Asymmetric effect of domain interactions on the kinetics of folding in yeast phosphoglycerate kinase

Szabolcs Osváth, Gottfried Köhler, Péter Závodszky, Judit Fidy

Research output: Contribution to journalArticle

23 Citations (Scopus)


The aim of this work is to shed more light on the effect of domain-domain interactions on the kinetics and the pathway of protein folding. A model protein system consisting of several single-tryptophan variants of the two-domain yeast phosphoglycerate kinase (PGK) and its individual domains was studied. Refolding was initiated from the guanidine-unfolded state by stopped-flow or manual mixing and monitored by tryptophan fluorescence from 1 msec to 1000 sec. Denaturant titrations of both individual domains showed apparent two-state unfolding transitions. Refolding kinetics of the individual domains from different denaturant concentrations, however, revealed the presence of intermediate structures during titration for both domains. Refolding of the same domains within the complete protein showed that domain-domain interactions direct the folding of both domains, but in an asymmetric way. Folding of the N domain was already altered within 1 msec, while detectable changes in the folding of the C domain occurred only 60-100 msec after initiating refolding. All mutants showed a hyperfluorescent kinetic intermediate. Both the disappearance of this intermediate and the completion of the folding were significantly faster in the individual N domain than in the complete protein. On the contrary, folding of the individual C domain was slower than in the complete protein. The presence of the C domain directs the refolding of the N domain along a completely different pathway than that of the individual N domain, while folding of the individual C domain follows the same path as within the complete protein.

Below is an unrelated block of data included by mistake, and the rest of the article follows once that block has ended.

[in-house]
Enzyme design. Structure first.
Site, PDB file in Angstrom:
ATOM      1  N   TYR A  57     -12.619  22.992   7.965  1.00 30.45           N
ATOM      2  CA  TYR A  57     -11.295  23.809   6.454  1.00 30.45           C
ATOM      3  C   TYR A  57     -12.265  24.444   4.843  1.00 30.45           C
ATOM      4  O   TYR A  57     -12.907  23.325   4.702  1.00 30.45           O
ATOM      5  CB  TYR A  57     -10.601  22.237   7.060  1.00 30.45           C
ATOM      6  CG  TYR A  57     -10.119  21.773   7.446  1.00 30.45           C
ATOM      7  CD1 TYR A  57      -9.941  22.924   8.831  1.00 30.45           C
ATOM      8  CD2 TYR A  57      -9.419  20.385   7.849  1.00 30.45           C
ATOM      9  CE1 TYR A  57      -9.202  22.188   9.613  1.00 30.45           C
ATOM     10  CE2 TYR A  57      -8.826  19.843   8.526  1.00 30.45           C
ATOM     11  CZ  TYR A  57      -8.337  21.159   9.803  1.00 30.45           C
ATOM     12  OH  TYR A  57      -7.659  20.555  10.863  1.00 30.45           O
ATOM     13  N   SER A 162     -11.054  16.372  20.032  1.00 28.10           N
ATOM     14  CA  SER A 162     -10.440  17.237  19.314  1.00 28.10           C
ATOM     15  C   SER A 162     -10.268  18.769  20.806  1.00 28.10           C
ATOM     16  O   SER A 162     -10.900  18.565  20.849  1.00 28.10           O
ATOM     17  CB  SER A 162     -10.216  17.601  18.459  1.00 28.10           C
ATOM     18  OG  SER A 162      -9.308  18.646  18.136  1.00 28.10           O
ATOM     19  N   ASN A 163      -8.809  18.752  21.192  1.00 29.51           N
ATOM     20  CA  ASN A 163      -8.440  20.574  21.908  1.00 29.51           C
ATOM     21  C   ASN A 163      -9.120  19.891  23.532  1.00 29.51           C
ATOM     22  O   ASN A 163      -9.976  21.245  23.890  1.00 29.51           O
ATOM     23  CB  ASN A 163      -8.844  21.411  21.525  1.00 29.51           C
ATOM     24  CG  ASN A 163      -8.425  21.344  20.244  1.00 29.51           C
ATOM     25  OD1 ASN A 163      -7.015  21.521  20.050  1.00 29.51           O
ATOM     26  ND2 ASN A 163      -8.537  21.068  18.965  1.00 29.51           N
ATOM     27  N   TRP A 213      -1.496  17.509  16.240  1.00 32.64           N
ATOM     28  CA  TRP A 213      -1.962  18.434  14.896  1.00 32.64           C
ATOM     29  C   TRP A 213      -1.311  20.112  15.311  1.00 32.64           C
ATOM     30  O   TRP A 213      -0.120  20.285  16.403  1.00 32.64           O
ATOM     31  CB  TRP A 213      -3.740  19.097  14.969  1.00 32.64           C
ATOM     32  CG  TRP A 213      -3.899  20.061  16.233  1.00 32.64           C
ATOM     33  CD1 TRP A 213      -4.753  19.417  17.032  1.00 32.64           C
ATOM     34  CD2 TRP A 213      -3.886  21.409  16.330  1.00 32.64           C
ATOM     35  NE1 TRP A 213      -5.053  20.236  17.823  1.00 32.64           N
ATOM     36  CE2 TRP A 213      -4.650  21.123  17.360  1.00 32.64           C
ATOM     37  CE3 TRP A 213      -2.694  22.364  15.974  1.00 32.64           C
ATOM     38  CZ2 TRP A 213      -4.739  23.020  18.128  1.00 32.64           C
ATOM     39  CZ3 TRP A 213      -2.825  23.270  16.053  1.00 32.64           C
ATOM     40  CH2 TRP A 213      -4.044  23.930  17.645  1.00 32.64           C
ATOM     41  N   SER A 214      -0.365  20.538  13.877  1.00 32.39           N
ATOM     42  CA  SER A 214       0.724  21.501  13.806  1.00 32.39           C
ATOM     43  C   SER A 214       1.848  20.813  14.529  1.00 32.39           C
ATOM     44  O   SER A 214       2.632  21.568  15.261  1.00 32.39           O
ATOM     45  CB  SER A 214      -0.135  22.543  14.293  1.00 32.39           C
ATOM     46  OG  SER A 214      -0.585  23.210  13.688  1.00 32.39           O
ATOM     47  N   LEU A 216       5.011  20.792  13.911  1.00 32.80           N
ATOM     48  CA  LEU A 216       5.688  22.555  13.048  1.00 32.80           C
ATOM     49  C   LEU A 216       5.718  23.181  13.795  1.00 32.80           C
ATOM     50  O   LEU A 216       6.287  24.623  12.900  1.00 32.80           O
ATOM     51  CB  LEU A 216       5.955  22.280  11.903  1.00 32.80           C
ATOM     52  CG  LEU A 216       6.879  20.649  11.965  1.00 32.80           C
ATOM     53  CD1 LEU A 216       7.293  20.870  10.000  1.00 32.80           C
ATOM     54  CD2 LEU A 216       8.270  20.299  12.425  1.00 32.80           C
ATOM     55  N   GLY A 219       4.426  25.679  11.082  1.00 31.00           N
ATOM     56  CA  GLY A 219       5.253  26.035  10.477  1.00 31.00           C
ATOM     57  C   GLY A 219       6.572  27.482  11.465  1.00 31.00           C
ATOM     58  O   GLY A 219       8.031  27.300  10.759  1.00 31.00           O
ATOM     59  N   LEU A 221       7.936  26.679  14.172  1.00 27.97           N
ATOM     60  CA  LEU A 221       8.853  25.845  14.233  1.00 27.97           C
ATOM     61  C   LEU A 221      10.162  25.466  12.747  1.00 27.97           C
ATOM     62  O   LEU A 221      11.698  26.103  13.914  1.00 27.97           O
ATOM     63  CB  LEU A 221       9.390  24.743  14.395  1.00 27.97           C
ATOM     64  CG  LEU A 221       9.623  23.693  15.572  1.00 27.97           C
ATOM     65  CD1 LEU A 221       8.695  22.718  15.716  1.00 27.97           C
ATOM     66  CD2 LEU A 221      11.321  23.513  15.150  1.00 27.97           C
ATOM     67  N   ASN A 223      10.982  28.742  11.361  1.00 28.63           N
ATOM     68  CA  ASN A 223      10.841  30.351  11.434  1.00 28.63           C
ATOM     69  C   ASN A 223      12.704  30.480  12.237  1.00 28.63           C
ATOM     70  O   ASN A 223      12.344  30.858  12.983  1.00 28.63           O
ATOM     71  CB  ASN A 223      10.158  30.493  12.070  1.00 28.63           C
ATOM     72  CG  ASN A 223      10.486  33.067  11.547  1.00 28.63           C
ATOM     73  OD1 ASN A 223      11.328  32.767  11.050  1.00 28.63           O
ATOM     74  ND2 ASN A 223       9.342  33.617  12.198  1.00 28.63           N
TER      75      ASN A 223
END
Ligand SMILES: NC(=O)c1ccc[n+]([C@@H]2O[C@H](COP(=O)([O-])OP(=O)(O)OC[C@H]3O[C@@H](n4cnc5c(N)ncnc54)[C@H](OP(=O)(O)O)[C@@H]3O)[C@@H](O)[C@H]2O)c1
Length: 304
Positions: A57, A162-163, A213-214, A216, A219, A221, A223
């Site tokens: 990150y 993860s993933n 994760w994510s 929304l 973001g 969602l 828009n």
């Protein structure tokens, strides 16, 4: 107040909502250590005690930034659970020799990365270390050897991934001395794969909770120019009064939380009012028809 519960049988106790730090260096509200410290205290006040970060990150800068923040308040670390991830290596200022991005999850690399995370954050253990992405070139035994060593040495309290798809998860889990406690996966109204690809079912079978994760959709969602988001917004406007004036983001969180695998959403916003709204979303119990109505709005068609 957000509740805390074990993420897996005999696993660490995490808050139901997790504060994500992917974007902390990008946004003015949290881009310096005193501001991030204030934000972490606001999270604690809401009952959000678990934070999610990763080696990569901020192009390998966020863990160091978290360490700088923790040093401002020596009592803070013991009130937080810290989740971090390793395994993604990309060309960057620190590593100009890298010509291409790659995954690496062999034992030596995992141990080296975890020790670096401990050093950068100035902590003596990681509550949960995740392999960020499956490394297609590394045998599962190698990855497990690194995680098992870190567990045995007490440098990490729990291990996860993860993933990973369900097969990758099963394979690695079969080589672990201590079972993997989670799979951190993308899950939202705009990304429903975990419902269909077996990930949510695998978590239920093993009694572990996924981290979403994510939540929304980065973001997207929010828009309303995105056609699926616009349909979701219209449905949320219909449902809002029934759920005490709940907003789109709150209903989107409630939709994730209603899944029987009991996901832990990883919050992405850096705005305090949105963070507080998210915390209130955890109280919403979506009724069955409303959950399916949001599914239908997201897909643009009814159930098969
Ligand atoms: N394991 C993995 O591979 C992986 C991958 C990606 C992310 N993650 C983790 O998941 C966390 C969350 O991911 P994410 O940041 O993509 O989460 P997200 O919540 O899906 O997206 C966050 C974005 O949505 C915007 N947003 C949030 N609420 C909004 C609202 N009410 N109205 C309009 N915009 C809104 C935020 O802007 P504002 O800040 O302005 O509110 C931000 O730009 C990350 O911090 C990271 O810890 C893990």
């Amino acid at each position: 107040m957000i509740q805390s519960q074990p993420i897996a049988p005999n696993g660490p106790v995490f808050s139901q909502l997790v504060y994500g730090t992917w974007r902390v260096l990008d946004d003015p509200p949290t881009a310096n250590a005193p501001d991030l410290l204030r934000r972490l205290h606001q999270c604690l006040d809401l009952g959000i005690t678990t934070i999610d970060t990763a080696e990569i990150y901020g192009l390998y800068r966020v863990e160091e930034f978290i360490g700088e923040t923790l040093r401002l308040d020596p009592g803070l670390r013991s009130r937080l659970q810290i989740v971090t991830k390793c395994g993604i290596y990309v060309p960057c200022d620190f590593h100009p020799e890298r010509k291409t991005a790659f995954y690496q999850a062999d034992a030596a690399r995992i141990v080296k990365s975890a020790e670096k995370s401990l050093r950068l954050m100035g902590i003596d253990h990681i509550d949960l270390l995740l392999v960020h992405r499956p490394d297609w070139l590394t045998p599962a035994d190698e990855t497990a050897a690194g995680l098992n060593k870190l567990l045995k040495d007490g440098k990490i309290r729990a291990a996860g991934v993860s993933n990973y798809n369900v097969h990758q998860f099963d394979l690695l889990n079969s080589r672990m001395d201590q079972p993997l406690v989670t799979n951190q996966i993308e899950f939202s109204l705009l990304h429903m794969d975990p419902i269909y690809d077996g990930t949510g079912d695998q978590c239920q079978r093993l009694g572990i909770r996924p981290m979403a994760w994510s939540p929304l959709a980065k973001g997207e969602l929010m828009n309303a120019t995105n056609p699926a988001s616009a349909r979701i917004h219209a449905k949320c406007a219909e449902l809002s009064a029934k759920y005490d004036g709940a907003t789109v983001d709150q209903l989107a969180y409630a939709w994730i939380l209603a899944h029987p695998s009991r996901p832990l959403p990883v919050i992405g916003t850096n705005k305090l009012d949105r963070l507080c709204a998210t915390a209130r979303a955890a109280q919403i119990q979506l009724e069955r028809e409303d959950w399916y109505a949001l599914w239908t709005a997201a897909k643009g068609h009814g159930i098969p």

Original languageEnglish
Pages (from-to)1609-1616
Number of pages8
JournalProtein Science
Issue number6
Publication statusPublished - Jun 1 2005


  • Domain interactions
  • Phosphoglycerate kinase
  • Protein folding
  • Tryptophan fluorescence
  • Two-state folding

ASJC Scopus subject areas

  • Biochemistry
  • Molecular Biology

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